Using primal cuts (muscle trimmed of secondary fats), and back fat of locally sourced free range pork and high quality Spanish spices. This retains the authentic flavour and aroma as close as possible to Spain’s very best own.
Chorizo is a cured sausage, (either air dried or smoked), consisting of minced pork, and spices. Primarily from the Iberian Peninsula, the origin of the word is uncertain, though according to the latest amendment of the Spanish language dictionary of the Spanish Royal Academy, it perhaps comes from the Latin "salciccium".
The length of time the Chorizo is cured depends of the intended usage.
To grill, or lightly fry as a hot tapas, the chorizo is cured so it loses less weight, still retaining a moist flavoursome centre.
To slice or to use in stews, it is cured so the weight loss is greater. This intensifies the flavours and develops a sweet dryness, characteristic of meats cured with high quality paprika.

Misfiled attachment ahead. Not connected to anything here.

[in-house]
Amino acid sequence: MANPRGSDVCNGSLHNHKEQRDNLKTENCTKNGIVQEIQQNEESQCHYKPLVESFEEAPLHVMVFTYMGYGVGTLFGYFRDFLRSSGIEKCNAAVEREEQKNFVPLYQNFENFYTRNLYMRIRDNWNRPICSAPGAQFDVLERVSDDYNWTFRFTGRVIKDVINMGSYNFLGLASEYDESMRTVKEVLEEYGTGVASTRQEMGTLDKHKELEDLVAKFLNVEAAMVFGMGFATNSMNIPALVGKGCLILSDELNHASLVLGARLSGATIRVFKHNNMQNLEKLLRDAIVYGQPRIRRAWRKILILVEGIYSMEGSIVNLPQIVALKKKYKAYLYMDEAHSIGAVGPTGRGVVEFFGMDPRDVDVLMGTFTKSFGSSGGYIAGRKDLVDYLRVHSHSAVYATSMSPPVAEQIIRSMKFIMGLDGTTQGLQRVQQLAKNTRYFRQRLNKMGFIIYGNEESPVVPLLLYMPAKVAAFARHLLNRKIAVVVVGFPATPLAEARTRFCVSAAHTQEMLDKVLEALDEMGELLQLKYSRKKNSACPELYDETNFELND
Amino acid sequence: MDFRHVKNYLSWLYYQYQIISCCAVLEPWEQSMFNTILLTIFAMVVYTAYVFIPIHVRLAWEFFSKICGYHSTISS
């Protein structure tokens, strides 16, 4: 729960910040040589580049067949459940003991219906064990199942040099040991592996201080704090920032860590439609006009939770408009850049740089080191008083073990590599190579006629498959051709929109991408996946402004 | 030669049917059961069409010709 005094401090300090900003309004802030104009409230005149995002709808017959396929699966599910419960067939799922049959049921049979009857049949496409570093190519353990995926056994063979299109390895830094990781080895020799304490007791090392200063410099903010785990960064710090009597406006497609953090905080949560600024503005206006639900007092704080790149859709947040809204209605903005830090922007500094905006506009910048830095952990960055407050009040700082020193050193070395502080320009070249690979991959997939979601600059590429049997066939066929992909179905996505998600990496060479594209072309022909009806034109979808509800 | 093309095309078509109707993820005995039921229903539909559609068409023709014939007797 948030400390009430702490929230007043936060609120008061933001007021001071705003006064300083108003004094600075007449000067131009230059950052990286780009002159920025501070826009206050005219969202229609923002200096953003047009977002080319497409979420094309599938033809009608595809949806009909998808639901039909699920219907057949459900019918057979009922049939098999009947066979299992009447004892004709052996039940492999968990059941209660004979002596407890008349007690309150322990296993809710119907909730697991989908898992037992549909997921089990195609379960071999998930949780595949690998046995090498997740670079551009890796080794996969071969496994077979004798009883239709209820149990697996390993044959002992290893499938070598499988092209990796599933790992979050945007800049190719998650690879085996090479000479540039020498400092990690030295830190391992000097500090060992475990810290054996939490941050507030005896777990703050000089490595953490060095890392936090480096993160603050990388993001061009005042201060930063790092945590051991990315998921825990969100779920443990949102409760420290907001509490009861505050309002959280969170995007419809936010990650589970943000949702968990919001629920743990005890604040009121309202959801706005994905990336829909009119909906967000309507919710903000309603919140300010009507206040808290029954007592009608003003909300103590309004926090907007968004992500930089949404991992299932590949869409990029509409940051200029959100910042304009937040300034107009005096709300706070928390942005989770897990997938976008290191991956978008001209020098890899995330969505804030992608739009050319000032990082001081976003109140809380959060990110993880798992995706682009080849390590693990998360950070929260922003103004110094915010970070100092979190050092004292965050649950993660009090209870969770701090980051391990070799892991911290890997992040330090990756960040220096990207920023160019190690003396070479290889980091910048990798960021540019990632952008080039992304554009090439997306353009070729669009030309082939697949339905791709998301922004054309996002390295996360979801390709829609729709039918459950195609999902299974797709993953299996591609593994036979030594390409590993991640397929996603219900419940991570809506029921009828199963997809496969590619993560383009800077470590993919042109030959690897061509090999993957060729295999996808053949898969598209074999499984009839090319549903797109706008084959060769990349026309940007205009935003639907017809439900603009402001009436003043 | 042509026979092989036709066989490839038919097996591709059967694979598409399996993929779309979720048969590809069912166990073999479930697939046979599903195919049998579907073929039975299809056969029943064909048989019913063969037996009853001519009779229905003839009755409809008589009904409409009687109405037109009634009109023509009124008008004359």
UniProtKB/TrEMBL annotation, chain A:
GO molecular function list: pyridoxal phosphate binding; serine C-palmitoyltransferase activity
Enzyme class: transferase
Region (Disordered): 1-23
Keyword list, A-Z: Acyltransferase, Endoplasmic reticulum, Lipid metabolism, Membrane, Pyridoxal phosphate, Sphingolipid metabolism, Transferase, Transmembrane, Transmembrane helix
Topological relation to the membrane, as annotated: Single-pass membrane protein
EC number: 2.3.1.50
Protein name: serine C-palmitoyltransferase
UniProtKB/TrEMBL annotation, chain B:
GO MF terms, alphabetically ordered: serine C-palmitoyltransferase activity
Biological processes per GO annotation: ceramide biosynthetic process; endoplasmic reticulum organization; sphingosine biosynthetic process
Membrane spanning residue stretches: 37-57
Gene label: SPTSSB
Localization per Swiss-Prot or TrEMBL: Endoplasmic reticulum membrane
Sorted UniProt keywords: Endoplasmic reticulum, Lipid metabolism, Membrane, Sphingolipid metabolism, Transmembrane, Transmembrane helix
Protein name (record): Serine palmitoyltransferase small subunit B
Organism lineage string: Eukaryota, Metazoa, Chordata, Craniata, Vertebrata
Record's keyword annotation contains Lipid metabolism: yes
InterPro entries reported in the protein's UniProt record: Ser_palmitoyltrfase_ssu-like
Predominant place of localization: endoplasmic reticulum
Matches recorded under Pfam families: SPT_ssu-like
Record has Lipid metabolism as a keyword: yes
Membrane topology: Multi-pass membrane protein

The most important spices in making Spanish chorizo are paprika and garlic, these spices give the chorizo it’s aroma and characteristic red colour. The skin of the chorizo is usually the small intestine of the pig, the large intestine is used for the variety of chorizo, "cular".
Among the varieties of chorizo there is the famous Cantimpalos (IGP) as well as those of Pamplona (which are characterised by using a blend of coarse and very finely minced meat). Other famous chorizos can be found in the province of Salamanca, and in La Rioja (IGP), Potes (Cantabria), León, Asturias (usually smoked) and the typical Txistorras, (small moist chorizo) from Navarra. All these chorizos are known by the name of where they originate from.